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A cryptogam (scientific name Cryptogamae) is a plant (in the wide sense of the word) that reproduces by spores, without flowers or seeds. "Cryptogamae"(Greek !"#$% kryptos, "hidden" & '()*+, gameein, "to marry") means hidden reproducti on, referring to the fact that no seed is produced, thus cryptogams represent the non,seed bearing plants. -ther names, such as "thallophytes", "lower plants", and "spore plants" are also occasionally used. As a group, Cryptogamae are the opposite the seed of the .hanerogamae (Greek /(01 $%,phaneros 2 6he best known groups is of now "3isible") or 4permatophyta (Greek 5"* )(, sperma 2 "seed" and /!#$0, phyton 2 "plant"), plants. cryptogams deprecated are algae, lichens, mosses and ferns.789 6he in :innaean ta;onomy. At one time, the cryptogams were formally recognised as a group within the plant kingdom. <n his system for classification of all known plants and animals, Carl :innaeus (8=>=?8==@) di3ided the plant kingdom into AB classes, 7A97C9 one of which was the "Cryptogamia". 6his included all plants with concealed reproducti3e organs. De di3ided Cryptogamia into four ordersE Algae, Fusci (bryophytes), Gilices(ferns), and Gungi.7A9 Currently, not all cryptogams are treated as part of the plant kingdomH the fungi, in particular, are regarded as a separate kingdom, more closely related to animals than plants, while some algae are now regarded as allied with the bacteria. 6herefore, in contemporary plant systematics, "Cryptogamae" is not a name of a scientifically coherent group, but is cladistically polyphyletic. Dowe3er, all organisms known as cryptogams belong to the field traditionally studied by botanists and the names of classification

all cryptogams are regulated by theInternational Code of Nomenclature for algae, fungi, and plants.

What are the essential characteristics of viruses ?

Viruses are the most primitive cellular and non-cytoplasmic infectious agents. Russian botanist D.J. Iwanowski ( !"#$ first discovered virus in an infected tobacco plant. %owever& '.(. )ei*erink ( !"!$ coined the term virus. +hen ,merican chemist (.'. -tanley ( "./$ isolated pure crystal of +obacco 'osaic Viruses (+'V$ and concluded that viruses are made of nucleoproteins.

General Characteristics of Viruses:

(i$ Viruses are a cellular& non-cytoplasmic infectious agents. (ii$ +hey are smaller than bacteria& and this can pass through bacteriological filter. (iii$ Viruses are transmissible from disease to healthy organisms. (iv$ ,ll viruses are obligate parasites and can multiply only within the living host cells. (v$ Viruses contain only a single type of nucleic acid either D0, or R0,. (vi$ Viruses are host specific that they infect only a single species and definite cells of the host organisms. (vii$ Viruses are effective in very small doses. +hey are highly resistant to germicides and e1tremes of physical conditions.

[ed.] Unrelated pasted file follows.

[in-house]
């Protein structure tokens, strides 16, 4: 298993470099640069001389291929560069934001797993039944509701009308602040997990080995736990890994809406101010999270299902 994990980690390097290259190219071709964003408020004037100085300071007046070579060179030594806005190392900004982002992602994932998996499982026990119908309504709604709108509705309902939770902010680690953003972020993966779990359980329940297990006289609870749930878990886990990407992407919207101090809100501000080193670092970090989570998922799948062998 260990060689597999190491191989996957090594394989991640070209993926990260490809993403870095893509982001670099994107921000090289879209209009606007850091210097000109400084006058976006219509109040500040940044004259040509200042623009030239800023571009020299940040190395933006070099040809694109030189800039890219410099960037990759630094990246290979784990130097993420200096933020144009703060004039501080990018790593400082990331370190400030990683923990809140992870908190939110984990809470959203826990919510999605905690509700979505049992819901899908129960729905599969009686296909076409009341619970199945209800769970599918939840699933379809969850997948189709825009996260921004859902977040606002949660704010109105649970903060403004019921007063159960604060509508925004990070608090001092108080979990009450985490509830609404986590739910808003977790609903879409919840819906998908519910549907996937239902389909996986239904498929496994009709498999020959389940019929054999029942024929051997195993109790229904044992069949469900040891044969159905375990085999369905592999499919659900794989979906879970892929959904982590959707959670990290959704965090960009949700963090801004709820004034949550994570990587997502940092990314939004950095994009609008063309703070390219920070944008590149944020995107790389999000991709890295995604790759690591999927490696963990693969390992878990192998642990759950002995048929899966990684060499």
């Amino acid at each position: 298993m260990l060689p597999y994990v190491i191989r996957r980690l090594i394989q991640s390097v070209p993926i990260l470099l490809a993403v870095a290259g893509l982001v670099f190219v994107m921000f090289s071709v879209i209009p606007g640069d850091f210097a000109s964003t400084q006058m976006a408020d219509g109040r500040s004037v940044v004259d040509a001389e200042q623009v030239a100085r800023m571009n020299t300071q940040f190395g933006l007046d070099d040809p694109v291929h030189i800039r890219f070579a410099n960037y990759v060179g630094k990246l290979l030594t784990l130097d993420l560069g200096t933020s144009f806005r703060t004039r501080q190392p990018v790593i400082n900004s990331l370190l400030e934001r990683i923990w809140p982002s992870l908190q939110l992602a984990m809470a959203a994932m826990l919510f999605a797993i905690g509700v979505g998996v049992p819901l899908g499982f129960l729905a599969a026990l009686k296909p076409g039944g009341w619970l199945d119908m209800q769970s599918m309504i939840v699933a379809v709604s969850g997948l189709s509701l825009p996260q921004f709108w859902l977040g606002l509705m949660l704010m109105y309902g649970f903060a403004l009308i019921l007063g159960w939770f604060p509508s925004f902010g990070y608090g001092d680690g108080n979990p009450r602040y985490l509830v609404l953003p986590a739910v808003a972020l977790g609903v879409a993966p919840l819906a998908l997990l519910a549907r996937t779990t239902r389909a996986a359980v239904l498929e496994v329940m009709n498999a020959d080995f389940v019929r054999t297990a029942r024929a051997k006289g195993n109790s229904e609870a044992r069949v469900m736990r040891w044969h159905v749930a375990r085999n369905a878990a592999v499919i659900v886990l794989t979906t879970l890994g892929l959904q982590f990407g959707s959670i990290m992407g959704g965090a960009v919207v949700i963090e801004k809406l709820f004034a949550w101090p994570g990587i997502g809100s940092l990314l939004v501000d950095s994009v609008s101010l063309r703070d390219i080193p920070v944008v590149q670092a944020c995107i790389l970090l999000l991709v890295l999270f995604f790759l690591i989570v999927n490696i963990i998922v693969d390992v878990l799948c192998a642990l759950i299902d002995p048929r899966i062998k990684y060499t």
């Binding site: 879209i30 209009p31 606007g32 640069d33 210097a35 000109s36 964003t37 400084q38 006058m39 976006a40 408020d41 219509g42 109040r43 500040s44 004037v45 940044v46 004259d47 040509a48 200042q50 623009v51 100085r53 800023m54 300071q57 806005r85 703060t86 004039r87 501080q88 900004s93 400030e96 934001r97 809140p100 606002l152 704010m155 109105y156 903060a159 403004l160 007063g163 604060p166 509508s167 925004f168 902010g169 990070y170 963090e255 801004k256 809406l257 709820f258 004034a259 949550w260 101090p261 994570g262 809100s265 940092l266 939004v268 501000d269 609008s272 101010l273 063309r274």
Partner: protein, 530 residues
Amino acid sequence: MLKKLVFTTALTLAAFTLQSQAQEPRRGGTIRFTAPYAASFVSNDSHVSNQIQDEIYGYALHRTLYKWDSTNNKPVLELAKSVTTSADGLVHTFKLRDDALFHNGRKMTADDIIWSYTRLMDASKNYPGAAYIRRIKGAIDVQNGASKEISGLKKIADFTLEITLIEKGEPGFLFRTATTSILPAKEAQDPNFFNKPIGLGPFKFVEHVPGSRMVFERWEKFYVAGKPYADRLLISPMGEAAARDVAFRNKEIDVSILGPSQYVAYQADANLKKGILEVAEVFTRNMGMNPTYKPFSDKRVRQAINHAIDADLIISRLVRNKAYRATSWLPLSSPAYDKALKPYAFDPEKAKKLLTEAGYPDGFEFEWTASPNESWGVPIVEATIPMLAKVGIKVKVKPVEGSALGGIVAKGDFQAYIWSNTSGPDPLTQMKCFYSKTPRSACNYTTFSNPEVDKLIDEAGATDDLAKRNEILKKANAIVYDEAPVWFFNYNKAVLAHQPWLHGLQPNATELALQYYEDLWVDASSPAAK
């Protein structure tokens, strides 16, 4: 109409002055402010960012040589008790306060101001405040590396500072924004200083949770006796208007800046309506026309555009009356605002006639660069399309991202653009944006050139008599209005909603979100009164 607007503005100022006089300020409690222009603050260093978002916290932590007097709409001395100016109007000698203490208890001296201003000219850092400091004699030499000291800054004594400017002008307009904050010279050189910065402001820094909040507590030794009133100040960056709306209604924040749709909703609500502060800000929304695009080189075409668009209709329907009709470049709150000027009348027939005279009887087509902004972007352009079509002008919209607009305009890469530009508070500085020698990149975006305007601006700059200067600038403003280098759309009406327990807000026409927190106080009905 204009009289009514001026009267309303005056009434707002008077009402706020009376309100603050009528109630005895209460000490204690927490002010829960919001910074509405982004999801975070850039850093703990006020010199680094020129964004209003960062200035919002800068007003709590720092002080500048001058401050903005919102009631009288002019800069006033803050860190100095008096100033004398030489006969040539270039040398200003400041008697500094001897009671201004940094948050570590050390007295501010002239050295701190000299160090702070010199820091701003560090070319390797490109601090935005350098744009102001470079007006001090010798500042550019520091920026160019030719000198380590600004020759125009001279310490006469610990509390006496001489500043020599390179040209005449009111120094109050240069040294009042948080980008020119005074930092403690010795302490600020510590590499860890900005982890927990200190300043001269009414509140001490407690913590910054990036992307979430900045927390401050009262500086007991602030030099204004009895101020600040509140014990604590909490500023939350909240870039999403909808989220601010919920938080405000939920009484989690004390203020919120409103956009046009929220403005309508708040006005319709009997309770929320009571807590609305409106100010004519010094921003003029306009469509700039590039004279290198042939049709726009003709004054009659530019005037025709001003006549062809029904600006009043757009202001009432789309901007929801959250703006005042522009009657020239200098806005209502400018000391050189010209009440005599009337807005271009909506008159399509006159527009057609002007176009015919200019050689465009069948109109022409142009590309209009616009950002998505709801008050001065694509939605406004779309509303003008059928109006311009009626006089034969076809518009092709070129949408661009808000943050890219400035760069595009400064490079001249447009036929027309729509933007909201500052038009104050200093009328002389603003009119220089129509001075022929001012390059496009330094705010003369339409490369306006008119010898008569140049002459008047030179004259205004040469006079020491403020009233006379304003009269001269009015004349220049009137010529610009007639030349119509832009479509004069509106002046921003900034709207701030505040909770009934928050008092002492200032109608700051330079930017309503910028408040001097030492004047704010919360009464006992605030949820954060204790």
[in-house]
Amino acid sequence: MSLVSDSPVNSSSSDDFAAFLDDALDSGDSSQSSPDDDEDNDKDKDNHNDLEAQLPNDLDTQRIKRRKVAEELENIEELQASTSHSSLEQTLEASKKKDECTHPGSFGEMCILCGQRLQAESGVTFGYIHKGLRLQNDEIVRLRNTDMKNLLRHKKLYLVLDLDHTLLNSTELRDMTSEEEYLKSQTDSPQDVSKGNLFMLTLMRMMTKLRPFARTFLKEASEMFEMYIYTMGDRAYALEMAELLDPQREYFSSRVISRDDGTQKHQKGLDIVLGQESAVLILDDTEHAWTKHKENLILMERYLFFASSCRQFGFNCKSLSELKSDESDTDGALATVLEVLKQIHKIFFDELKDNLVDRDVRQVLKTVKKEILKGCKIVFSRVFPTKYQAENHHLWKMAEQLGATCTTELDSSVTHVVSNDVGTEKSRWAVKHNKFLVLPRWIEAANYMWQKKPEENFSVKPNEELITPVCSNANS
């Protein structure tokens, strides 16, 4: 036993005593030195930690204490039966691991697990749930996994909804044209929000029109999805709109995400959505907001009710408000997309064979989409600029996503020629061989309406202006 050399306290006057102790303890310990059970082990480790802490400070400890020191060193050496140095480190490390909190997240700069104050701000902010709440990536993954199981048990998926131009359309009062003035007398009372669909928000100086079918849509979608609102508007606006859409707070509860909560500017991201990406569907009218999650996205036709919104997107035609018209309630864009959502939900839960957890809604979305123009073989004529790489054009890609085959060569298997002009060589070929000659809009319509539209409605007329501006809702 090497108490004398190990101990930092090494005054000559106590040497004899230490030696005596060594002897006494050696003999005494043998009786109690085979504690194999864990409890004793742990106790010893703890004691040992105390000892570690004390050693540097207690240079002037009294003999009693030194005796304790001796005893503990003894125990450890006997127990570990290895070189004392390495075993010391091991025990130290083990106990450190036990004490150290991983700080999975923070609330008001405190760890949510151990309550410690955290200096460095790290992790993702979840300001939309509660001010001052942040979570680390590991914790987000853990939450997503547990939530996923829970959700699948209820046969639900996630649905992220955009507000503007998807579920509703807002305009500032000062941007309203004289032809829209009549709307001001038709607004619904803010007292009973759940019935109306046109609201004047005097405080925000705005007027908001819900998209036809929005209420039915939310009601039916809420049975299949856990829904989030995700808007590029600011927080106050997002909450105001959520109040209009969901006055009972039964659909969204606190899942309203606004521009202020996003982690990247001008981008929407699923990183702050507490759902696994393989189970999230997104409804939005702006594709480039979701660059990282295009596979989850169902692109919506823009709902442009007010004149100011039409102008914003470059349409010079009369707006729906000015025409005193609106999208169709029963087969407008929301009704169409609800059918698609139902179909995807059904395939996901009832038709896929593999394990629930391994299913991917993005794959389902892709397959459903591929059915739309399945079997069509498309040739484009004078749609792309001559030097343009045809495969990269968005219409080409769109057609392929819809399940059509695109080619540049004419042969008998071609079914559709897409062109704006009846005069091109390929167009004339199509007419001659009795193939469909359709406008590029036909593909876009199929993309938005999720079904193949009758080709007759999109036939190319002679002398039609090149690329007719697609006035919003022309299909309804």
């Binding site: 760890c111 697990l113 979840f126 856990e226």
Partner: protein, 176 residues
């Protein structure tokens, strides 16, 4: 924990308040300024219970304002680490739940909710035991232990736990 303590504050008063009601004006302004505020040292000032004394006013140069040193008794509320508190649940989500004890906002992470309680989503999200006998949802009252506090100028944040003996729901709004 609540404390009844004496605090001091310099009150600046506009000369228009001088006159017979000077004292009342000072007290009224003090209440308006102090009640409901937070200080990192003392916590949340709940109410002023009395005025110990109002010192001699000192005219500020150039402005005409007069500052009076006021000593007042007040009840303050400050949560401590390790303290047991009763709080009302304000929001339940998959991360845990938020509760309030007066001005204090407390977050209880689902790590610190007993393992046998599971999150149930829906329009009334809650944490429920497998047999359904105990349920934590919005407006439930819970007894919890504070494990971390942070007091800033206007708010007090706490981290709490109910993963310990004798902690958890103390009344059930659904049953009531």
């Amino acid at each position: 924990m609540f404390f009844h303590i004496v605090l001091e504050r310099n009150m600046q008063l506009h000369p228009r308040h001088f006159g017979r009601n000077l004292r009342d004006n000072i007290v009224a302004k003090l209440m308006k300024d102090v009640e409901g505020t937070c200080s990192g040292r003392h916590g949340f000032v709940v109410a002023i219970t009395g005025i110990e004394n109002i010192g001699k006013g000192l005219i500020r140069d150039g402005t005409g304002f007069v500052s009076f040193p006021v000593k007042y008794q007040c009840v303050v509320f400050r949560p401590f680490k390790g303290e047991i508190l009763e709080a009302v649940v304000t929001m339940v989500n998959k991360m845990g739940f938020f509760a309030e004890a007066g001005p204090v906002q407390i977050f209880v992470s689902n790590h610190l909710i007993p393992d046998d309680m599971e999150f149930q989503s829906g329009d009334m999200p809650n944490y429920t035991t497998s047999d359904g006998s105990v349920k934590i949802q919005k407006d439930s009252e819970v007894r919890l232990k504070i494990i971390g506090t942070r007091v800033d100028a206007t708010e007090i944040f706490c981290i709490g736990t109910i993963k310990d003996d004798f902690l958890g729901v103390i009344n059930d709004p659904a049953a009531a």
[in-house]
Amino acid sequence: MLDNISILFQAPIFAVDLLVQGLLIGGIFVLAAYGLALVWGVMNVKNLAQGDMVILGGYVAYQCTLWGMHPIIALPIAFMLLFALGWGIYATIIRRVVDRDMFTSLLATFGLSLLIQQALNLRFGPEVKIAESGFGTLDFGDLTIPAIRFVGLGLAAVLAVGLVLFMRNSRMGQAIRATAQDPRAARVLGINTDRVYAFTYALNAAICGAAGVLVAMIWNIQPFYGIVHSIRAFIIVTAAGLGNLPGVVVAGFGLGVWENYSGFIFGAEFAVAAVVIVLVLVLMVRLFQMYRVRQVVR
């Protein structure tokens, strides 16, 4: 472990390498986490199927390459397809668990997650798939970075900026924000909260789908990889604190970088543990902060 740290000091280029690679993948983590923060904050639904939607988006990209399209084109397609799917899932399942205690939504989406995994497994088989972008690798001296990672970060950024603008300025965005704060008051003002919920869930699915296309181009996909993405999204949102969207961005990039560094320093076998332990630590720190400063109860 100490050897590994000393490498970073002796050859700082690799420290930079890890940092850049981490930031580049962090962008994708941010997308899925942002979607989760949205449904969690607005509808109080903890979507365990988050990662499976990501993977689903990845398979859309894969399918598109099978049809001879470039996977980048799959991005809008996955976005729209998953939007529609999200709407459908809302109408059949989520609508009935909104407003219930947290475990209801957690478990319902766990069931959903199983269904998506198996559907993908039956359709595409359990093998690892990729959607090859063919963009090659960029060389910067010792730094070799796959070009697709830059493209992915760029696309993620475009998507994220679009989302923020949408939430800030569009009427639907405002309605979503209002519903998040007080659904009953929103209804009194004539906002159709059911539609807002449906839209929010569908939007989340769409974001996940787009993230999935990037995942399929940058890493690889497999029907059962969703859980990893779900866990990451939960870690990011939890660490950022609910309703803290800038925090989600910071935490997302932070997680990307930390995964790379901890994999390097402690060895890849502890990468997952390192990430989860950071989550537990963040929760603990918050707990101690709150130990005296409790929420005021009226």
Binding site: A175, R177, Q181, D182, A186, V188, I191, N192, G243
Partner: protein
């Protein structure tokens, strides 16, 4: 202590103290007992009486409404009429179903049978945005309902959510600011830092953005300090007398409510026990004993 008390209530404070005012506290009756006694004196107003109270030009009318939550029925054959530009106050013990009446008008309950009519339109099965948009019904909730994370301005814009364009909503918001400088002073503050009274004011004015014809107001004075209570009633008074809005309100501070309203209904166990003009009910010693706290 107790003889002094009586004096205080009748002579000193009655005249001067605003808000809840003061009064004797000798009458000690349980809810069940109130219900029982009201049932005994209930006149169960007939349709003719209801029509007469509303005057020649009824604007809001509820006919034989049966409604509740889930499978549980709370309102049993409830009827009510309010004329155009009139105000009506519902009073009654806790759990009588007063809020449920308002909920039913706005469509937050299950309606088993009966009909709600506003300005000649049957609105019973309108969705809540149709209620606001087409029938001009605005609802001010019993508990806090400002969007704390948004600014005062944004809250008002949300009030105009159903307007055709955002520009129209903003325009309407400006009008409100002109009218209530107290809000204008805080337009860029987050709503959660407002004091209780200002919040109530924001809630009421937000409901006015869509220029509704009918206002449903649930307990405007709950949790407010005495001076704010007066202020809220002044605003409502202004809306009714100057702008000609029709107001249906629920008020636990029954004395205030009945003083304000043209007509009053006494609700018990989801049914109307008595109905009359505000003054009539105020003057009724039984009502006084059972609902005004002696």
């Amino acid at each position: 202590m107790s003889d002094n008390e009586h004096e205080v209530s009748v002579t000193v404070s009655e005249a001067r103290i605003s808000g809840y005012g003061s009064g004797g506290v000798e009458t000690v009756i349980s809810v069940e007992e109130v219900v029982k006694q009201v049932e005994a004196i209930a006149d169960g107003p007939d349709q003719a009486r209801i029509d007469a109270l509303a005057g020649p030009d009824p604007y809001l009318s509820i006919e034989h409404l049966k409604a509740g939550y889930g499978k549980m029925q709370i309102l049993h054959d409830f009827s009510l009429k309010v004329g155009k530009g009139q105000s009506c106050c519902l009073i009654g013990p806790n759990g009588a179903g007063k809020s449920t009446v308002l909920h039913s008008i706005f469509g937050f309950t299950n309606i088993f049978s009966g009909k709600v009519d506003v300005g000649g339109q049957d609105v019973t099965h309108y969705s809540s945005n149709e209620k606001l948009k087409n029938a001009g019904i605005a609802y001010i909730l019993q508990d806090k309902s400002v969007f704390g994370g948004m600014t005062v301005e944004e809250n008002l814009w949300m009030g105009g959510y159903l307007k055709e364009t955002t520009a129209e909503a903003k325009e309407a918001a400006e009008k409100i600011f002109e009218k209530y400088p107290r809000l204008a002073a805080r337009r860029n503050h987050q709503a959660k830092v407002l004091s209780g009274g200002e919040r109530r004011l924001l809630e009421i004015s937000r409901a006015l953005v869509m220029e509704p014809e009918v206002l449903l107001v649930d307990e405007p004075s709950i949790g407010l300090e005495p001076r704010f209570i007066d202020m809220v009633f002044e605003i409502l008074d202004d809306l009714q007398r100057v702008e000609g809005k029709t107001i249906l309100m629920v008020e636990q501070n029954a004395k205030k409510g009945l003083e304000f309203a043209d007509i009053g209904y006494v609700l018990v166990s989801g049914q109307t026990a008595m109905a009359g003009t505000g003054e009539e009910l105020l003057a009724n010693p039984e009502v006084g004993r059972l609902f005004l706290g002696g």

Generalised Structure of Viruses:

(i$ -hape and si2e3 +he shape varies considerable. +hey may be spherical or golf ball-like& rod-shaped& tadpole-like& helical or polyhedral. 4lant viruses are smaller than bacteria. (ii$ 5hemical structure and function3 Viruses have a very simple structure. +he core of the viruses is made upon of nucleic acid& which is surrounded by a protein coat called capsid. +he nucleic acid always contains only a single kind of nucleic acid i.e. either D0, or R0,. +he infectious property of a virus is due to its nucleic acid. 5apsid or the protein coats3 It is made up of many identical protein sub-units called capsomeres. +he capsomeres are composed of either one or several type of proteins. 5apsomeres are arranged in a very symmetrical manner and give a specific shape to a particular virus. +he host specificity of virus is due to proteins of the capsid. )iological position of viruses3 Viruses lack a cytoplasmic membrane and they do not have the basic component of a cell. +hey can only replicate inside the host cell. 6utside the host cell& they are non-living. +hus& viruses show characters of both living and non-living. (I$ 0on-living 5haracters of Viruses3 7ollowing characters of viruses assign them as non-living3 (a$ +hey can be crystalli2ed. (b$ 6utside the cell& they behave like inert chemicals. (c$ +hey do not show growth& development& nutrition& reproduction& etc. (d$ +hey can be precipitated.

(II$ 8iving characters of viruses3 (a$ +hey multiply within host cells. (b$ +hey possess genetic material& either D0, or R0,. (c$ +here are definite races or strains. (d$ +hey e1hibit mutations. )ecause of the above reasons& viruses form uni9ue bridge between living and non-living things.

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:. ^ "Cryptogams". Royal Botanic Garden, Edinburgh. Archi ed from the original on !""#$%%$%&. Retrie ed !""#$"#$"!. ' a b G. (. )mith *%+,,-. Cryptogamic Botany. (cGra.$/ill, 0e. 1or2. ^ 3. ). 4i5on *%+#6-. Biology of the Rhodophyta. 7li er and Boyd, Edinburgh. 8)B0 "$",$""!9&,$

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